I have read and watched several programs about going green, and I often wonder which side of the green the focus is on. Of course, in my trade, the heating side of the industry, our contribution is in trying to reduce the amount of CO2 that we are adding into the atmosphere. I must say, from what I see, our boiler, furnace and burner manufacturers are doing their best to answer the call.
However, I now see many who have been in the heating business for several years looking at other sources of business as possibly a way to expand their market and profitability during these already difficult times.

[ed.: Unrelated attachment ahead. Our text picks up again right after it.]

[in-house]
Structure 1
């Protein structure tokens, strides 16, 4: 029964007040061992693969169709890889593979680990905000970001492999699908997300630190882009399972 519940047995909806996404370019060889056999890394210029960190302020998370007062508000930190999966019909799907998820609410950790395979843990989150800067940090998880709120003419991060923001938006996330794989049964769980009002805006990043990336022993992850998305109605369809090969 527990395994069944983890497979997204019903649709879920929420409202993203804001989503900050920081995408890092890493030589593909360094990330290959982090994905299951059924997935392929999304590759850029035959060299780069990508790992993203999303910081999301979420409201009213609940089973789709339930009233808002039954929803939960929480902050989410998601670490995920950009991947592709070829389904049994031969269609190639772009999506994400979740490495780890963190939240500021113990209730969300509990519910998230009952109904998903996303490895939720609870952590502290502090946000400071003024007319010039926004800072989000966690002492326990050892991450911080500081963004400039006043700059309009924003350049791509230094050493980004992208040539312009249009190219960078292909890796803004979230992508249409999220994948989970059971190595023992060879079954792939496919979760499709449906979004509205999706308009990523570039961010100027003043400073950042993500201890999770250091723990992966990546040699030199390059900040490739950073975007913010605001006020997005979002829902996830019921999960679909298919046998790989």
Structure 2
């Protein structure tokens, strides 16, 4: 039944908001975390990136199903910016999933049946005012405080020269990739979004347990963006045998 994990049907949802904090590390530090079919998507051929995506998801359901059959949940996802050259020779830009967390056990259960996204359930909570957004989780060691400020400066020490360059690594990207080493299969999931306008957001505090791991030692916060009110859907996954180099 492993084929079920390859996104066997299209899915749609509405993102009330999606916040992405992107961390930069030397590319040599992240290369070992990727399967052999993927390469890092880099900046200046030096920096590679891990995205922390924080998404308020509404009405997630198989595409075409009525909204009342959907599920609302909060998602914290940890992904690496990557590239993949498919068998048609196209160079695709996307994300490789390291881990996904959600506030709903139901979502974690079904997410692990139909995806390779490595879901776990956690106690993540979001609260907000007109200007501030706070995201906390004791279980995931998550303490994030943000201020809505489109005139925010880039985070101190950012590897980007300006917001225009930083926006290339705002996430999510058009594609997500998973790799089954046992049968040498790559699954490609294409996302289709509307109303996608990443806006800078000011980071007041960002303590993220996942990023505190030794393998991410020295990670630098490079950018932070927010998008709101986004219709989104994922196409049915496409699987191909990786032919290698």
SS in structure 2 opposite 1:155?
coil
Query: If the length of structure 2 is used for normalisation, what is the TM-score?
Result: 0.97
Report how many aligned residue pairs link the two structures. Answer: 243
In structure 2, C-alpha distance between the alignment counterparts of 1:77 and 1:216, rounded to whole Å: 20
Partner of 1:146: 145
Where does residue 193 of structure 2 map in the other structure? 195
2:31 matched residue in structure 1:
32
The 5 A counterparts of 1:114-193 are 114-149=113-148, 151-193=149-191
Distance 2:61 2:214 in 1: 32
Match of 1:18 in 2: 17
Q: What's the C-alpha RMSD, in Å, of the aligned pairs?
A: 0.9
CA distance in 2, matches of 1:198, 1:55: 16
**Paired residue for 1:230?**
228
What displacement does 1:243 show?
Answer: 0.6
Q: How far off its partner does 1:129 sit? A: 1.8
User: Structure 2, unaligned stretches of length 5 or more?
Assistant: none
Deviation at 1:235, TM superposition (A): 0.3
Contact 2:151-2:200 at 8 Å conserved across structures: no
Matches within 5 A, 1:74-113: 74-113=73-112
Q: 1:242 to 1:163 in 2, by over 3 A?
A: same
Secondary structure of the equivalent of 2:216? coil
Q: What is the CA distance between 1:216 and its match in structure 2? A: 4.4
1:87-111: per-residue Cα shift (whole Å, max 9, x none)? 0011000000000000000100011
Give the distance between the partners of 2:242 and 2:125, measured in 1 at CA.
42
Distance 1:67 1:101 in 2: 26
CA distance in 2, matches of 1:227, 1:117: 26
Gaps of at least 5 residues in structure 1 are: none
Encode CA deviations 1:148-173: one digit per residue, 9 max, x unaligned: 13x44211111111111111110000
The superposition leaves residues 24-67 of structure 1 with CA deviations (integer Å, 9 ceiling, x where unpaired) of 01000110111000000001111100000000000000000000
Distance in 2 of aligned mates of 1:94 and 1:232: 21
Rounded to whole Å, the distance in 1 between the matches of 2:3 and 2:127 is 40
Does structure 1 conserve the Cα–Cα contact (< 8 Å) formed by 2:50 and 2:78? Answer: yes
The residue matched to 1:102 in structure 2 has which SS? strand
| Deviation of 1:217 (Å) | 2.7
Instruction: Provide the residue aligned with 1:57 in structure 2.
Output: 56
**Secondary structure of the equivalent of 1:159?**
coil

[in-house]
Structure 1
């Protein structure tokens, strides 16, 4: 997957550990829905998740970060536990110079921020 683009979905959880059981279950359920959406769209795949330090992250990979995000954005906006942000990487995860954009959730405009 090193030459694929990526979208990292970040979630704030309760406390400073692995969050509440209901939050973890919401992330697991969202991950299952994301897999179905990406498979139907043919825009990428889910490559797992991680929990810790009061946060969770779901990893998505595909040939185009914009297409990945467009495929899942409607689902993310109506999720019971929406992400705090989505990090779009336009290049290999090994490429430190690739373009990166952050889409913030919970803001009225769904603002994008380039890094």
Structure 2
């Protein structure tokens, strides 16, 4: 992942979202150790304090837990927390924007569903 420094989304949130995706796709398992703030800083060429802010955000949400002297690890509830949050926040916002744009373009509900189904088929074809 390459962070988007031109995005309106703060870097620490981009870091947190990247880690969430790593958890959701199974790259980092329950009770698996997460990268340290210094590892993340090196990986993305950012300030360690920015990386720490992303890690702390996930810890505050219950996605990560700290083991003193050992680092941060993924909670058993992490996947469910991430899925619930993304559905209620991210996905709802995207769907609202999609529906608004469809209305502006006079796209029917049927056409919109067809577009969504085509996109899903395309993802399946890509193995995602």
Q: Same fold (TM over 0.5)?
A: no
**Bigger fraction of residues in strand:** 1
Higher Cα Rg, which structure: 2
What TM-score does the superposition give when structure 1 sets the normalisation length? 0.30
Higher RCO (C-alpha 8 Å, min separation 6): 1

One such area is the solar heating market. Yes, I know many will say that this, like geothermal (geo means Earth and thermal means heat = energy or heat removed from the Earth), has been around for many years. I also know this to be true because there were a few companies that installed the flat solar panels on the roof for supporting hot water demands in the 70s. Many of these same system panels can be seen today as we travel and look at the roofs of these older homes. One of the reasons for the solar attraction in the 70s was the rebates, which by the way were in the several thousand dollar range. There are still several states that offer attractive rebates for those who purchase Energy Star rated heating equipment also. I would suggest contacting your local energy office to verify the amount allotted, as this can be a good selling point when you’re offering an Energy Star rated equipment upgrade. This can apply to many areas such as boilers, water heating, furnaces and A/C as well. It is not unusual for the dollar-stretched customer to be unaware of these financial advantages. If I were quoting a new system, I would put the rebate allowance on the quote as this may be what helps to close the sale. I recently attended a solar seminar and was very impressed with both the presenter and how different the systems of today are. I was most impressed with the vacuum tube method, as it seemed very serviceable and versatile as it provided for space heating, domestic hot water and support for heating a swimming pool. I was also impressed that most of the parts used were off the shelf items. As we constantly hear customers complain about energy costs, we must be looking for better ways to answer their energy concerns, and some of these energy concerns can be reduced without big expenses. For example, for every 10 degree reduction in hot water temperature, the savings is between 3 to 7 percent. Sealing hot air duct joints, installing water saver faucets, installing new energy saver lighting, and installing the new Energy Star rated boilers and furnaces can all lead to thinking green and saving energy dollars. Don’t think negative when a customer asks about solar, as it’s back and even more attractive in cost than ever before. Make sure that your customers know that you are installing Energy Star rated equipment also!